How Biden claimed Republican terrain: His clever State of the Union speech

Republicans, thanks to former President Donald Trump, have completely ceded the ground the Grand Old Party used to proudly own.

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President Joe Biden gestures, applauded by Vice President Kamala Harris (left) and House Speaker Nancy Pelosi, D-Calif, as he delivers his first State of the Union address at the US Capitol in Washington, D.C., on Tuesday.

Saul Loeb/pool/AFP via Getty Images

President Joe Biden, a longtime presidential hopeful, has waited decades to give a State of the Union address, and by all accounts it went off without a hitch.

There were history-making moments, and many others that were jarring, disorienting and downright surreal.

Here we are, in 2022, in the midst of what might be a new Cold War, with Vladimir Putin’s tanks rolling into a sovereign nation as Biden spoke.

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Few in the House chamber were wearing masks, finally showing faces that had gone covered for nearly two years.

But nothing was more surreal than the complete role reversal two major American political parties have undergone in just a few short years.

If you’d been living on a deserted island the last 20 years and were dropped into Biden’s speech last night, you might have assumed we still had a Republican president.

From his anti-Russia bombast to his “fund the police” rallying cry, the Democratic president made little effort to hide from what has traditionally been considered conservative territory.

That’s because he didn’t have to. Republicans, thanks to former President Donald Trump, have completely ceded the ground that the Grand Old Party used to proudly own.

Start with Russia. Unlike Trump, who spent much of his presidency defending and envying Putin, Biden’s been tough on the Russian leader from day one, acknowledging what the rest of the world already knows: that he’s a bad guy, a dictator, no one to admire.

So unlike Trump, he was on solid ground to denounce him Tuesday night on the world stage, boasting, “We countered Russia’s lies with the truth.”

Then there’s NATO. Traditionally heralded by the GOP — from its first Republican supporter Sen. Arthur Vandenberg to its first commander Dwight Eisenhower to perhaps its strongest proponent Ronald Reagan — Trump had little affection or use for the international body. He tried numerous times to leave NATO — something Putin would have loved.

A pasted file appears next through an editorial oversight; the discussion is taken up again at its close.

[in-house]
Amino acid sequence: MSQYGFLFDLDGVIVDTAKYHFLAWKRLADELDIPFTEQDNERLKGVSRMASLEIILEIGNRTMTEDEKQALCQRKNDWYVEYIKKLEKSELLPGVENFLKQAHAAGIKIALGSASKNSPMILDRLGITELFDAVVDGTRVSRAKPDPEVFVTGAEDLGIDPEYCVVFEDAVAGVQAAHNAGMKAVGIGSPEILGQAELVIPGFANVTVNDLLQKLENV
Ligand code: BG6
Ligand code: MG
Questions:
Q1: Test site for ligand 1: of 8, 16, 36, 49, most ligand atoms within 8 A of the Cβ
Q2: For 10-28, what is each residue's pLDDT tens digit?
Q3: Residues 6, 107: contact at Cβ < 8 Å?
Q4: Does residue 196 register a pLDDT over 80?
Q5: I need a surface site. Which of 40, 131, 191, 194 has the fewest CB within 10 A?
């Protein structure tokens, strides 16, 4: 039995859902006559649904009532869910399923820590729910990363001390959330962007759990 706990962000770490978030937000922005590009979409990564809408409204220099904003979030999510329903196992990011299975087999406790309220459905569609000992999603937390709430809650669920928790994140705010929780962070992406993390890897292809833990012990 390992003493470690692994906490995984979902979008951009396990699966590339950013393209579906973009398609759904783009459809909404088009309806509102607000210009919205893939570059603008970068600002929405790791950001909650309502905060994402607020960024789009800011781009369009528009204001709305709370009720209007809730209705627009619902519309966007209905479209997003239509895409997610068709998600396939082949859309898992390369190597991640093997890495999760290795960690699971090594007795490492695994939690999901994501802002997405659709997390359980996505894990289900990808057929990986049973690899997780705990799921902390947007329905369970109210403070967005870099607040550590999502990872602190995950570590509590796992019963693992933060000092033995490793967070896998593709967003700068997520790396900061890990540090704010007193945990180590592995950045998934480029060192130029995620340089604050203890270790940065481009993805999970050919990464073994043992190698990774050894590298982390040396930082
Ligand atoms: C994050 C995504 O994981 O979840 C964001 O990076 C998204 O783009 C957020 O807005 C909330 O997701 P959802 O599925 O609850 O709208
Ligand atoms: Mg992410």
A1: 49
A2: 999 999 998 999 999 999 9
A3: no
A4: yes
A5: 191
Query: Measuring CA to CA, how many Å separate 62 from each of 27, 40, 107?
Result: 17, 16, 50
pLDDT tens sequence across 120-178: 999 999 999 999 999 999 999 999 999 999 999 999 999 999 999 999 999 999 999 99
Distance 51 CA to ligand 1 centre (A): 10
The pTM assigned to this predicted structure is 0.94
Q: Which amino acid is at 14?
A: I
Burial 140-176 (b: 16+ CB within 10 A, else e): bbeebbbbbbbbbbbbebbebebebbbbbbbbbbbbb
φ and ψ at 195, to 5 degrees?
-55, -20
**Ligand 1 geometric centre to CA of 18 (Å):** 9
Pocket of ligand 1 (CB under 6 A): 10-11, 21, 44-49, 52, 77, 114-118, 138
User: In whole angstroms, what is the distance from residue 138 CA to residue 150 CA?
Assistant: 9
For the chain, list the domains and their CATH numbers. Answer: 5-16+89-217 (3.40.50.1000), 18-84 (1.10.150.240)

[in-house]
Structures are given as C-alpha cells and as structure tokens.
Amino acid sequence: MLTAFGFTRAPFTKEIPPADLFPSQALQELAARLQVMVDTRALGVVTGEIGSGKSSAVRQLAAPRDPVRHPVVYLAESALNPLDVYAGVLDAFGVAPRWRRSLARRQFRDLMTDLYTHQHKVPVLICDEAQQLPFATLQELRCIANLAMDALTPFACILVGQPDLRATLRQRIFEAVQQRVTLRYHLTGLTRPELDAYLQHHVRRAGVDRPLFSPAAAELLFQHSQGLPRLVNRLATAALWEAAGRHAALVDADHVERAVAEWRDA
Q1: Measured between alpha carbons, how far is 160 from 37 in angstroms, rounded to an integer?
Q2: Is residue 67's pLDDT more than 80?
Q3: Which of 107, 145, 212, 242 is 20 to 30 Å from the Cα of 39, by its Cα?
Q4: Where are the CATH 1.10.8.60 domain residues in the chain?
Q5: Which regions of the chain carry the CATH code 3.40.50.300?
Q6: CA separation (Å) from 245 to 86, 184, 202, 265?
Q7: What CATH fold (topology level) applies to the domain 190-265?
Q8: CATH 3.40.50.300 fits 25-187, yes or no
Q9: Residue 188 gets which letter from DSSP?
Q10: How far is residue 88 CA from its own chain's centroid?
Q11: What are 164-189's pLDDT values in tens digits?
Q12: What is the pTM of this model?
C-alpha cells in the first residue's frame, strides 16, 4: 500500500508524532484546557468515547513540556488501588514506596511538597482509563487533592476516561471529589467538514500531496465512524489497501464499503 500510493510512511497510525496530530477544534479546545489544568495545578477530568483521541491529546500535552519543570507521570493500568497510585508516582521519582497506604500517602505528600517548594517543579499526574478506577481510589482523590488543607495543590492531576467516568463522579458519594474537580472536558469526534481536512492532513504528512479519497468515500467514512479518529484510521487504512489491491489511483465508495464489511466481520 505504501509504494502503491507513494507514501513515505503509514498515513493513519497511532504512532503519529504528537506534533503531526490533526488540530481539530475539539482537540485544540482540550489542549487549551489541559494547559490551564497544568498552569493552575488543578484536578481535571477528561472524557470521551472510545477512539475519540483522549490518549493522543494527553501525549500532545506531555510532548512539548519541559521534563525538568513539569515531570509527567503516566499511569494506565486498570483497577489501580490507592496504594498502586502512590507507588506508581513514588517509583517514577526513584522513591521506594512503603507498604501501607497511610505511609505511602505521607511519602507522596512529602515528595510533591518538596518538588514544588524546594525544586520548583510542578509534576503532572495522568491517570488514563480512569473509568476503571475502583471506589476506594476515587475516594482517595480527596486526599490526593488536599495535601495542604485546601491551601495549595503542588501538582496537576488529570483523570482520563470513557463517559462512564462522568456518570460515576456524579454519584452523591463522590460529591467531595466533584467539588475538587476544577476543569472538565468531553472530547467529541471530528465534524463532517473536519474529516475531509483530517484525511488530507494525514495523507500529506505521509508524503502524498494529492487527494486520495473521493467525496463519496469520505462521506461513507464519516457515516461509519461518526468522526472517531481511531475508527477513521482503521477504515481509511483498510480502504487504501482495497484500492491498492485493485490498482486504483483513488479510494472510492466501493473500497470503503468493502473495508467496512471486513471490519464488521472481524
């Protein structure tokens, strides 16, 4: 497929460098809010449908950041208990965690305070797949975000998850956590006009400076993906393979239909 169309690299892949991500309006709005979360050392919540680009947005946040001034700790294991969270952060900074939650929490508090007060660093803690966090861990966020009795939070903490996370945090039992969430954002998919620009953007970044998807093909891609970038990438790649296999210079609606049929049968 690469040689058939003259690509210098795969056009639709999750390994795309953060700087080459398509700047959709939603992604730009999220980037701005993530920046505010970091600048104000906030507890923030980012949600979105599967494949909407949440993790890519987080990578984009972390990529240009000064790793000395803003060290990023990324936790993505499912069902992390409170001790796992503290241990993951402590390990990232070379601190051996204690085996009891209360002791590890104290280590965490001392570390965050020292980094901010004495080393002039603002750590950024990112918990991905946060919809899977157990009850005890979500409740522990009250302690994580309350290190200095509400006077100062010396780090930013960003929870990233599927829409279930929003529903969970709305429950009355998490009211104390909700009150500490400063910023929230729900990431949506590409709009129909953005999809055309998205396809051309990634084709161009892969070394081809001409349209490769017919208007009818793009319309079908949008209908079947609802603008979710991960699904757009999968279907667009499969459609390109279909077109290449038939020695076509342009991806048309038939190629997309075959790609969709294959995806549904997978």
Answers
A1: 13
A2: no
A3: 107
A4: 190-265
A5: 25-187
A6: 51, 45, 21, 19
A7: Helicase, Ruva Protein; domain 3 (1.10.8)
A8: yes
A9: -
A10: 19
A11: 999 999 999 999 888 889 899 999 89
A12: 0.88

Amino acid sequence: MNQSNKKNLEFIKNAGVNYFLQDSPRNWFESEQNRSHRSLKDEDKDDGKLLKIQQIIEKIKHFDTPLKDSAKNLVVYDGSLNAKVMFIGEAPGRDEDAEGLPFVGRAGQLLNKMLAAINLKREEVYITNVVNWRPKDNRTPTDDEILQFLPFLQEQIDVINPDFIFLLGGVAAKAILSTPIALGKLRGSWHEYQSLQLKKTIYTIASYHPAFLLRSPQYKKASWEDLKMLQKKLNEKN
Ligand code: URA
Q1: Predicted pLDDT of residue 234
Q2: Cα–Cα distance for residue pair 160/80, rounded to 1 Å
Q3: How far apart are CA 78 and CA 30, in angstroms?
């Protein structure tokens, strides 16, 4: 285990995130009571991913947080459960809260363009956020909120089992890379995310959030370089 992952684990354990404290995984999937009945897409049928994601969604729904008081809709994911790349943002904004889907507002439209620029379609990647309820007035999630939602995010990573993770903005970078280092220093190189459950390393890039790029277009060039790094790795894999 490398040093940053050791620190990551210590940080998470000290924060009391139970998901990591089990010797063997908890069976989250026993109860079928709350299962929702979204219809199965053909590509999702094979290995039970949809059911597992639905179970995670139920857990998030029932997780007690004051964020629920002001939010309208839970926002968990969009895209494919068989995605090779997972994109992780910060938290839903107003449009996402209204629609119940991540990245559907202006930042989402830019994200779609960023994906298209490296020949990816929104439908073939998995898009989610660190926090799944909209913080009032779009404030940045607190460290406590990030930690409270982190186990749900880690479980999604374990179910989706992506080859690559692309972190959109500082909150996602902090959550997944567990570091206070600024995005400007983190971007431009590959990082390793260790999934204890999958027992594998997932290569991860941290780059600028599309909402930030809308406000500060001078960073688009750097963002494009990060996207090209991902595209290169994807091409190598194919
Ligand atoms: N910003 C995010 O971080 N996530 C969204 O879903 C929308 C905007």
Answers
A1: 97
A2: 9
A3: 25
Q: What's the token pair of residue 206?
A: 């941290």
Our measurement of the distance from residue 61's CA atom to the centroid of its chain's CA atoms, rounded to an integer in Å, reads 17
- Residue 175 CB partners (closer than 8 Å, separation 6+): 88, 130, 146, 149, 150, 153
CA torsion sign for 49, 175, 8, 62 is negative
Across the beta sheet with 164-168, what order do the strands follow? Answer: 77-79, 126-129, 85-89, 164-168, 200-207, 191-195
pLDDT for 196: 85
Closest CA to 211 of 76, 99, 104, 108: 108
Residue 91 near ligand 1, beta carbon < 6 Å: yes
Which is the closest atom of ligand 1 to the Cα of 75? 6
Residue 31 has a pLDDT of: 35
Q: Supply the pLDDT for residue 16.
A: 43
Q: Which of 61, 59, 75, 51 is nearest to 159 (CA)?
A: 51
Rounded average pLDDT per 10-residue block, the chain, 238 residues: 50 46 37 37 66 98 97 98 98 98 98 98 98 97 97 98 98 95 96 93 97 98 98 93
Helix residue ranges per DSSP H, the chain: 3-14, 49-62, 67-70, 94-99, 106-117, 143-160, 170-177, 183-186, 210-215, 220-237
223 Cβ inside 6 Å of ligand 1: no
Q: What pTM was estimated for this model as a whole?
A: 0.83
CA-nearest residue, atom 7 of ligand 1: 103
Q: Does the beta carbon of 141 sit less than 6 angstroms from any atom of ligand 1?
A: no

So, last night, when Biden promised “The United States and our allies will defend every inch of territory that is NATO territory … every single inch …” it was as much a rebuke of Trump and return to Reagan as it was a message for Putin.

Moving on to the economy, no issue has animated movement conservatives more over the decades than lowering the debt and deficit.

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But it was Biden last night who not only promised to lower the deficit, but boasted of being the only president “ever to cut the deficit by more than $1 trillion in a single year.”

If only Republicans still cared, this could be their talking point. But, no surprise, under Trump the deficit exploded, and the long-held conservative principle magically vanished.

One of the most jarring moments of the night was hearing Biden promote American manufacturing. “More cars and semiconductors in America; more infrastructure and innovation in America; instead of relying on foreign supply chains, let’s make it in America.” To which Democrats stood and chanted “USA” — while Republicans sat in silence.

Anyone who lived through the post-9/11, George W. Bush, Toby Keith, “Made in America” era probably felt like they were hallucinating.

But for all of Trump’s bombast around Making America Great Again, his “Buy America” campaign went practically nowhere, and his trade wars hurt many domestic manufacturers.

On tech, Biden was the first president to mention social media in a State of the Union address, promising to hold “platforms accountable for the national experiment they’re conducting on our children for profit.”

Republicans like to talk tough on tech, but Trump relied on Facebook and Twitter to spread his messages far and wide. His wife Melania’s “Be Best” anti-cyberbullying campaign was often ridiculed for its hypocrisy, considering Trump was a notorious cyberbully himself.

Finally, on policing, Biden probably rubbed some progressives the wrong way when he strongly defended law enforcement. “Let’s not abandon our streets, or choose between safety and equal justice. We should all agree: the answer is not to defund the police. It’s to fund the police.”

For all of Trump’s “back the blue” rhetoric, he not only encouraged an insurrection at the Capitol which saw his supporters attacking police, but on his way out of office, he tried to get Congress to chop $244 million in state and local law enforcement funding.

From Russia to the deficit to the police and places in between, Biden’s speech wasn’t just of another time, but of another party. That Republicans under Trump ceded so many good principles and talking points to Democrats, just because Trump either decided they didn’t matter or was a problematic proponent of them, is a colossal failure. But Republicans will forever pay the price for backing Trump — until they no longer do.

S.E. Cupp is the host of “S.E. Cupp Unfiltered” on CNN.

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